But there is no escaping the fact it provides another challenger to Pérez for the long-term at Red Bull. Ricciardo said there is no “criteria” from Red Bull to get back to the senior team, but his fate will be decided by how he performs at AlphaTauri. He’s a known, quick quantity — who also gels well with Verstappen, the pair joking their way through the FIA press conference.
When The Athletic asked Verstappen if he’d be open to being teammates with Ricciardo again, he replied: “I never actually wanted him to leave!” After all, it was Ricciardo’s call to exit Red Bull for Renault at the end of 2018.
“We know that we get on very well,” said Verstappen. “Yeah, if Daniel of course does well where he is now, then of course he has the opportunity to go back up, right? It’s all open, to be honest.”
A lone wolf
Ricciardo got too in his head with the McLaren car’s issues. This time around, he wants to drive more from the heart, like he did when he raced in the junior series and made his breakthrough with Red Bull in 2014.
“You just race cars because it’s what you love doing,” he said. “There’s going to be a lot to learn, and I’m not going to solve everything this weekend. So it’s just really about focusing on using the things I do well. And I think that will translate into some more positive outcomes.”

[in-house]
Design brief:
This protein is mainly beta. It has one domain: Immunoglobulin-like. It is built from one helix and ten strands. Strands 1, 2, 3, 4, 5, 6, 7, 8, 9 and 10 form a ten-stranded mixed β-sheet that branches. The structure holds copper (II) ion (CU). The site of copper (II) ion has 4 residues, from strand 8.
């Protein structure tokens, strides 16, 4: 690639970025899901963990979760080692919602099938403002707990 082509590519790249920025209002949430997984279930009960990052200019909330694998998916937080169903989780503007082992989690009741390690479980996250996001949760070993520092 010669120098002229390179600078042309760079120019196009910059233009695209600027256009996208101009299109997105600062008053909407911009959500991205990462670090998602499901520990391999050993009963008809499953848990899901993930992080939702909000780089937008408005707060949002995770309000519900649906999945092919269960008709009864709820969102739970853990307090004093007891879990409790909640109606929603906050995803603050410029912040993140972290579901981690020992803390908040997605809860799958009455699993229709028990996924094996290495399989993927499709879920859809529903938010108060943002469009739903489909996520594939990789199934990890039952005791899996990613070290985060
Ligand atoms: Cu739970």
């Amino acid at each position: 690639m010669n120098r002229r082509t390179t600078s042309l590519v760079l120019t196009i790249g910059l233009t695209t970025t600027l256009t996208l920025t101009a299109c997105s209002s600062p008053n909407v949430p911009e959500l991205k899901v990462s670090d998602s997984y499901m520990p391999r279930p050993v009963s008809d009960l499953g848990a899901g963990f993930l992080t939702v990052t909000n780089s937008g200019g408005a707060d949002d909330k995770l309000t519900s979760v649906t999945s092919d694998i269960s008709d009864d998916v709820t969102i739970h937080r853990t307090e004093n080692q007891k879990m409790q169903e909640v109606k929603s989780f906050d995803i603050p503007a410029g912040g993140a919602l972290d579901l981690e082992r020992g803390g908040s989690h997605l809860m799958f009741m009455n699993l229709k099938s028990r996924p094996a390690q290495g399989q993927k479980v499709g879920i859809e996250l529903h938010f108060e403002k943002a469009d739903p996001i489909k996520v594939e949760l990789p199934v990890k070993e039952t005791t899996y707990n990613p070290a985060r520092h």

Ricciardo told The Athletic about that change in mindset back in April when pondering what a possible return might look like. He’s found his own groove a lot more, even extending to his training. His former trainer, Michael Italiano, is now working with Tsunoda, but Ricciardo is happy to find his own way.
Ricciardo joked he was a “lone wolf” now, getting some support from a trainer on race weekends but otherwise taking a more self-reliant approach. “I always said if I came back to the sport, I wanted to do things a bit differently,” said Ricciardo. “This year, I always wanted to find that self-motivation, and I wanted it to come from me, the training, all of it, the mindset.
“I wanted to get back into the sport because it’s truly coming from me and it’s what my heart desires. I’ve been doing it myself this year. I’ve got the answers I wanted.”
The next two races will give Ricciardo the chance to get to grips with the AlphaTauri car before the summer break offers the chance to digest everything he’s learned — and to figure out what’s possible.
But right now, it is all open.
(Photo of Daniel Ricciardo at the 2023 Hungarian GP: Dan Mullan/Getty Images)